It is a sunny morning when we get an aluguer - or minivan - directly to Paúl, and another one up to the first village. The description in the guide is not clear, and we miss the turnoff for the hike up the Ribeira, but once we are on our way, the going is steep, and we sweat it out. We soon pass picturesque houses, some of which turn out to be attractive pensions, all of them with gorgeous views into the valley. Once we are a little higher, we find a track, the going gets easier, and the views ahead are spectacular. The valley floor is green, there are flowers, and ahead, the rock formations have jagged peaks. Even though we have now seen the weird volcanic formations for a couple of days, seeing them still makes us stop, marvel, and wonder how on earth the landscape was shaped as it is now.
We end up on the main track leading up the Ribeira do Paúl, on the other side of the valley. We pass several villages, are greeted by the people, talk to some of them, have a session with a bunch of school kids who find in us the perfect excuse to run away from school for a short while, and admire the wall paintings in Cha Manuel dos Santos, one of the villages. There, the track ends, and arrows point us in the direction of a clearly defined trail. We are still much below the Cova, our goal of the day, and the trail inevitably steepens. We pass several interesting houses and stables, and find terraces everywhere, just like in other parts of Santo Antão. We walk into the fog, and stop when a guy with an enormous pole, big as a tree trunk, passes us on his way down. When we finally climb out of the clouds, the views are superb again: mountain peaks sticking out of the clouds, trees above us, and the sun warming us for our last climb to the road. There, we have great views, but are surprised that we do not see the Cova: the trail is supposed to end right there. It soon turns out that, even though the trail was well-defined, we apparently should have taken another one. We now walk the road back to the crossroads at Agua das Caldeiras. The clouds have reached this altitude, and we cannot see the Cova anymore. We would make up for that the next day, when we take a private car on the old road back to Porto Novo.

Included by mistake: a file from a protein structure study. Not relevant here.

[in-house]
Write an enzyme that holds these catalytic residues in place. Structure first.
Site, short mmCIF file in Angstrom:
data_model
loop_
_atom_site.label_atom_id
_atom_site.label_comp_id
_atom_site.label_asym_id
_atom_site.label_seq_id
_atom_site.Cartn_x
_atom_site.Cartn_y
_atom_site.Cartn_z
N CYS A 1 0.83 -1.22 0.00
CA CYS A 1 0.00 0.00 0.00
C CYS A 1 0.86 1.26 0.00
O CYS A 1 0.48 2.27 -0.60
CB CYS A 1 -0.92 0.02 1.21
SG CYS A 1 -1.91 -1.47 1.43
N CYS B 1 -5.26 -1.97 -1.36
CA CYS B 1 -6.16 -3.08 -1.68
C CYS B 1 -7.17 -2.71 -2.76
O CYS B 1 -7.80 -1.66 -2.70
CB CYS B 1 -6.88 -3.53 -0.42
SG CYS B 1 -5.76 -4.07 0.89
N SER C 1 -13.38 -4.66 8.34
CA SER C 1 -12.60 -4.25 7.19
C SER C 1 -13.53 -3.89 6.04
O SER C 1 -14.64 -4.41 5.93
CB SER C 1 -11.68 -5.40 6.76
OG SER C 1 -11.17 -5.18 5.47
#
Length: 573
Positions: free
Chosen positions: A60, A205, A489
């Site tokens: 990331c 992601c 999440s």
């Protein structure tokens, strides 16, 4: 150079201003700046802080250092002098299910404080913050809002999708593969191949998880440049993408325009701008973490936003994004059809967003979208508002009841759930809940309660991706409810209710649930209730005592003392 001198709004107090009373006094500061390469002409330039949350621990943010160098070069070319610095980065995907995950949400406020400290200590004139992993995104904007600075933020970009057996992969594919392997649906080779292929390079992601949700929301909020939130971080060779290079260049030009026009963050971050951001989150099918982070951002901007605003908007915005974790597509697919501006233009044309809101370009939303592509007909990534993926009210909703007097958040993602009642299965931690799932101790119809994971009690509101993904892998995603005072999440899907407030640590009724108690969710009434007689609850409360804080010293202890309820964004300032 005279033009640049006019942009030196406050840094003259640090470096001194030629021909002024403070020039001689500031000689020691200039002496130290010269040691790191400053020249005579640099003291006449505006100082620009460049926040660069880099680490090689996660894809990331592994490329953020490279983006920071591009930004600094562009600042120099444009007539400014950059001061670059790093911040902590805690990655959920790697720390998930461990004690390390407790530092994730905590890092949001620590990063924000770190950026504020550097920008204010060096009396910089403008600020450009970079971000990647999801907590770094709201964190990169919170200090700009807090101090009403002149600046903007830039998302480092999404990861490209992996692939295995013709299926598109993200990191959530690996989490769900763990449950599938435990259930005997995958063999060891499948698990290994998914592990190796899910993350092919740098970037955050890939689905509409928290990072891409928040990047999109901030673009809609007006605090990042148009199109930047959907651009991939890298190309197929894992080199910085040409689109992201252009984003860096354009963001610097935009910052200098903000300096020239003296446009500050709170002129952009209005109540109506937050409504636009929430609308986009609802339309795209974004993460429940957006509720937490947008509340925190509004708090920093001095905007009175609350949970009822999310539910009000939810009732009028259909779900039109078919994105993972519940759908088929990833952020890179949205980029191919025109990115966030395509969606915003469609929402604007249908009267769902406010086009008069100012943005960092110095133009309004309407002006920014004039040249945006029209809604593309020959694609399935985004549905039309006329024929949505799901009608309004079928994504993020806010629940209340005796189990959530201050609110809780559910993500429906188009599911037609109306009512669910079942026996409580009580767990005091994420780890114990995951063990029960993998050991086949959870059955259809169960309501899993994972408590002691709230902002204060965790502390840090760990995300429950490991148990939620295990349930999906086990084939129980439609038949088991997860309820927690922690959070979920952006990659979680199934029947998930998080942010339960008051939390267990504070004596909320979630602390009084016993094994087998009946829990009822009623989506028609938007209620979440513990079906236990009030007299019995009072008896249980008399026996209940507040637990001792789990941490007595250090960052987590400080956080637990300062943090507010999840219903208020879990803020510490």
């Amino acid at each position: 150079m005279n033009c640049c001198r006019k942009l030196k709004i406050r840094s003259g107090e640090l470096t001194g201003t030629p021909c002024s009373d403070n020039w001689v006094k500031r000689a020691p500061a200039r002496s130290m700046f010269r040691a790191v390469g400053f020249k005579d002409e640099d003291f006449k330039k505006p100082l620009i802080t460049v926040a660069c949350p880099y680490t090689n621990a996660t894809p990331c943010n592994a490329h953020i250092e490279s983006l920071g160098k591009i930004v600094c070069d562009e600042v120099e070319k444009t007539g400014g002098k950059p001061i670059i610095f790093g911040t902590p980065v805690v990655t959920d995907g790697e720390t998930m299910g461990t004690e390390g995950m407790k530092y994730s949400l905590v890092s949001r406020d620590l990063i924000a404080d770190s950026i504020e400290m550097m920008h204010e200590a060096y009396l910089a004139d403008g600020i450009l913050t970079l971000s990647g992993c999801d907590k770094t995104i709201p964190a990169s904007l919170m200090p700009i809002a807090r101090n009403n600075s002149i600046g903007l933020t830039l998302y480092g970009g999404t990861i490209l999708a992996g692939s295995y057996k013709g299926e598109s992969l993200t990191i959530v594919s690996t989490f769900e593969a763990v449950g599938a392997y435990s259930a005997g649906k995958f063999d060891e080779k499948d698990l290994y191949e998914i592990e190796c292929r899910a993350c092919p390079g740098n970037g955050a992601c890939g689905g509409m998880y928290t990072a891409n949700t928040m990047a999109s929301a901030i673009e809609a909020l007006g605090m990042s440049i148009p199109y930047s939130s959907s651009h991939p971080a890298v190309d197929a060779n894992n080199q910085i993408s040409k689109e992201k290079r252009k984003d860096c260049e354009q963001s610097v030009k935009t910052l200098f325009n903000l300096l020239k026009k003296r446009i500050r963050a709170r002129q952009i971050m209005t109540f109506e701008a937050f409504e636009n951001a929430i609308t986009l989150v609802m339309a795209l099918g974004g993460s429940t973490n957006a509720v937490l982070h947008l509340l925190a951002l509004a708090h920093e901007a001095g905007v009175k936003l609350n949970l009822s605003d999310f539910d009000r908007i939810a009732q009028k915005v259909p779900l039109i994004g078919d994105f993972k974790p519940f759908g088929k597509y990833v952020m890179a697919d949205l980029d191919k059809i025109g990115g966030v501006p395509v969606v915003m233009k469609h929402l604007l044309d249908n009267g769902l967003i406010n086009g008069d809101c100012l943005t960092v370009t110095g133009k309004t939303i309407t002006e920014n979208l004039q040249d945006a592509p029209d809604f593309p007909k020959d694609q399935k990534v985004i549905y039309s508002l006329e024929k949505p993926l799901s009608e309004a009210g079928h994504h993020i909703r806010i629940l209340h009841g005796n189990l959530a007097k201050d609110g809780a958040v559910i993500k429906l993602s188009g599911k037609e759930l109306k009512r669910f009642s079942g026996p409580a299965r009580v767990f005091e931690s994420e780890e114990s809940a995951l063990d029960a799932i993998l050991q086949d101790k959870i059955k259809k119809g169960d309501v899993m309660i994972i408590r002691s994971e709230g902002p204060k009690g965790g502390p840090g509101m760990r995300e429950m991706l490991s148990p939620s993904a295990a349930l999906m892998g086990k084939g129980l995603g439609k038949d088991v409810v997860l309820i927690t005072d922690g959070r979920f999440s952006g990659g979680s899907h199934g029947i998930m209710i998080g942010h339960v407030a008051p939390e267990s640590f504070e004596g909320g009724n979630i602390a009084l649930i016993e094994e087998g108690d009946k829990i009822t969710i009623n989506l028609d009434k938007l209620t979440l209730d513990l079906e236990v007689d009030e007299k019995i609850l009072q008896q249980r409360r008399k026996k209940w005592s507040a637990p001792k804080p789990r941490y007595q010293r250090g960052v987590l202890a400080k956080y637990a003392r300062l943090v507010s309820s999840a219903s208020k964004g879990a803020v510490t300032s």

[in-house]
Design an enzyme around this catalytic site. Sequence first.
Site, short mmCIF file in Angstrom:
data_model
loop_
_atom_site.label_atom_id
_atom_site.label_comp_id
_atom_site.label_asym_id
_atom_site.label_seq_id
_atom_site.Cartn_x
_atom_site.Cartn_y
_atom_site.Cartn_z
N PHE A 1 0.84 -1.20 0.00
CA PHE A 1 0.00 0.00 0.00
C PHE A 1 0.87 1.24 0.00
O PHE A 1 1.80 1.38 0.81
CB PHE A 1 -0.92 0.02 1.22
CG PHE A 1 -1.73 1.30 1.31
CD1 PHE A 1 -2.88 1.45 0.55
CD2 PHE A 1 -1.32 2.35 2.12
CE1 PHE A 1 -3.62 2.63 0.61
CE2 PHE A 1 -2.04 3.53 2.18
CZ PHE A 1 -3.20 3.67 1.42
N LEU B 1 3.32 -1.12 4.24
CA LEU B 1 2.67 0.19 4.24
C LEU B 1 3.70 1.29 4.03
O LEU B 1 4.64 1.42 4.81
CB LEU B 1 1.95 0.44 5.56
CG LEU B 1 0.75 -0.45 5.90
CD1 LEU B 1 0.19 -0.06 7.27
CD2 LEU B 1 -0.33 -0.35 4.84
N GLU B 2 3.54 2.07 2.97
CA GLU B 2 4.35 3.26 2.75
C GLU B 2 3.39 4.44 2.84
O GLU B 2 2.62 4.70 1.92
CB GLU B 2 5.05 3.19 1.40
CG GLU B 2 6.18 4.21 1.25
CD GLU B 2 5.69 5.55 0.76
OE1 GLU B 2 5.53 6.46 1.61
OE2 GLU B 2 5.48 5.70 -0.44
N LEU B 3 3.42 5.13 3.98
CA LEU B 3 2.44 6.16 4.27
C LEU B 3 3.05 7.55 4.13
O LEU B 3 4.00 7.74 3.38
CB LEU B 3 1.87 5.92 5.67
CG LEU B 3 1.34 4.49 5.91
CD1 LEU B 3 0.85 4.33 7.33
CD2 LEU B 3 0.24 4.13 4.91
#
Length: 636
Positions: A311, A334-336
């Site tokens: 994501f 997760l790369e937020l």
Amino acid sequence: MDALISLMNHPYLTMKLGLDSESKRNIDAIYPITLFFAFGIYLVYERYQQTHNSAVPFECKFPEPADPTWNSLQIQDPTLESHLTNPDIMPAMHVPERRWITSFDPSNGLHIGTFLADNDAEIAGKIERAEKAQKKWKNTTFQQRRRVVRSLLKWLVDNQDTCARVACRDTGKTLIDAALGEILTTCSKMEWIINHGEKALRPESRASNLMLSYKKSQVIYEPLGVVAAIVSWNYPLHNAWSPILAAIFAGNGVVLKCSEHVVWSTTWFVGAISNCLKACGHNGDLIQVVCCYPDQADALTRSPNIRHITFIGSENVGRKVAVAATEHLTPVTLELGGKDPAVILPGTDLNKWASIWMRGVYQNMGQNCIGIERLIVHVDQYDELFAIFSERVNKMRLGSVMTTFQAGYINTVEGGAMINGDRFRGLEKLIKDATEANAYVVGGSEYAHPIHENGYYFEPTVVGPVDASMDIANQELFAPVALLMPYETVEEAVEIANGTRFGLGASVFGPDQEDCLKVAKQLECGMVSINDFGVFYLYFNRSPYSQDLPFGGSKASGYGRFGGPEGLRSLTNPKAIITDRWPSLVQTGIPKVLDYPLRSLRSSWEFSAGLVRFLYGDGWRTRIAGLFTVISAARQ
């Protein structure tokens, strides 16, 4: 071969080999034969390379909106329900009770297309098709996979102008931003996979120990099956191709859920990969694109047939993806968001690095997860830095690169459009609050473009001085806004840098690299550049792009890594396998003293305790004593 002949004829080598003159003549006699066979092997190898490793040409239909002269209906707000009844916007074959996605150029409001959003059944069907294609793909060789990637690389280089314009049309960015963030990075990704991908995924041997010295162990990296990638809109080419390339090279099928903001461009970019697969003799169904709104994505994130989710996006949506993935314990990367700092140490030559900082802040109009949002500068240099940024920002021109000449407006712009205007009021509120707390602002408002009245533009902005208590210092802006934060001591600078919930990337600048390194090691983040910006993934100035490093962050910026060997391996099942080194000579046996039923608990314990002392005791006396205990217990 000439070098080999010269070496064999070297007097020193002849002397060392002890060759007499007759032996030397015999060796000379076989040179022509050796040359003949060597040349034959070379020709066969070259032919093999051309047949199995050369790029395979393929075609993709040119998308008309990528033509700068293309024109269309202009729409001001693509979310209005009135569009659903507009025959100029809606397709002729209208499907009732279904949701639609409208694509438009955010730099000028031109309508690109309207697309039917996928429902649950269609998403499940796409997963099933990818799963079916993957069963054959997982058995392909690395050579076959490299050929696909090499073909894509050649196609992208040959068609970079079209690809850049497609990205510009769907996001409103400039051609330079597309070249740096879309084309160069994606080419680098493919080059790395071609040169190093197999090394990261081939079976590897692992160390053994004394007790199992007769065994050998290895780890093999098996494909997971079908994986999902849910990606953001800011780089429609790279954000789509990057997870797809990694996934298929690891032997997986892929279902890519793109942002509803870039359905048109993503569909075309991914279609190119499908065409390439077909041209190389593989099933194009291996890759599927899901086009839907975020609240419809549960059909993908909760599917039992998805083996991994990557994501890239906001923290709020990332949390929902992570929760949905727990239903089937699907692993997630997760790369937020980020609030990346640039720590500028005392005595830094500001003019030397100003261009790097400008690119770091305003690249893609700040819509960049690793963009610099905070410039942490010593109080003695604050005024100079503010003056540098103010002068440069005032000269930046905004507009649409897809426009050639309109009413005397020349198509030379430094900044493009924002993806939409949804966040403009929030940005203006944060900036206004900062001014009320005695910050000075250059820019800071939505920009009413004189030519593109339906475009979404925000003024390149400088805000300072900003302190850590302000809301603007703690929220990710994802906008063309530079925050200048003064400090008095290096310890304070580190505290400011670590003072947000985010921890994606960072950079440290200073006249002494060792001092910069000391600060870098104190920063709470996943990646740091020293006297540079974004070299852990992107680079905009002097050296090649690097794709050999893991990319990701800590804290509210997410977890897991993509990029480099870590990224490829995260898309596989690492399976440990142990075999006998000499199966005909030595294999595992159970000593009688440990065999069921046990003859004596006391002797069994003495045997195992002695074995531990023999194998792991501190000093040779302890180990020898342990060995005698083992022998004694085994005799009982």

For now, I leave my companion at the crossroads to wait for transportation down, and walk the road we just came from. I now climb out of the clouds again, in the pine forest, and the views over the island, and across to São Vicente island, are fantastic. When I reach Pico da Cruz, I try to ask for directions, but the answers are not clear, so I just walk down the road, which soon becomes a track, and fortunately, find people to ask directions. I am back in the clouds again, and I know that this descent will be a long and steep one - from 1300m to sea level. It starts to rain, but I am lucky: it never really rains hard on my way down. Cows appear in the fog, I head a farmer saluting me above me, and I concentrate on the stones, the slippery parts, the curves on a trail that is often bordered by flowers, and where clouds whirl around steep rocky cliffs. When Ribeira da Peneda finally opens up to me, I am thrilled: I can see the Ocean! I have calculated that I should be down before 18:00, to have a chance to catch an aluguer back to Ponta do Sol, and it seems that I will make it. I go down as fast as I can, and even feel my ears pop - when I finally arrive at the road, the entire descent from Agua das Caldeiras has taken me two hours. I sit on a wall at the seaside to wait for an aluguer, and am happy it does not arrive too soon, so I can relax and listen to the crushing waves on the stony beach.
Around the World in 80 Clicks
Personal travel impressions both in words and images from Paul to Peneda via Cova (Cape Verde). Clicking on the pictures enlarges them and enables you to send the picture as a free e-card or download it for personal use, for instance, on your weblog. Or click on the map above to visit more places close to Paul to Peneda via Cova. Read more about this site.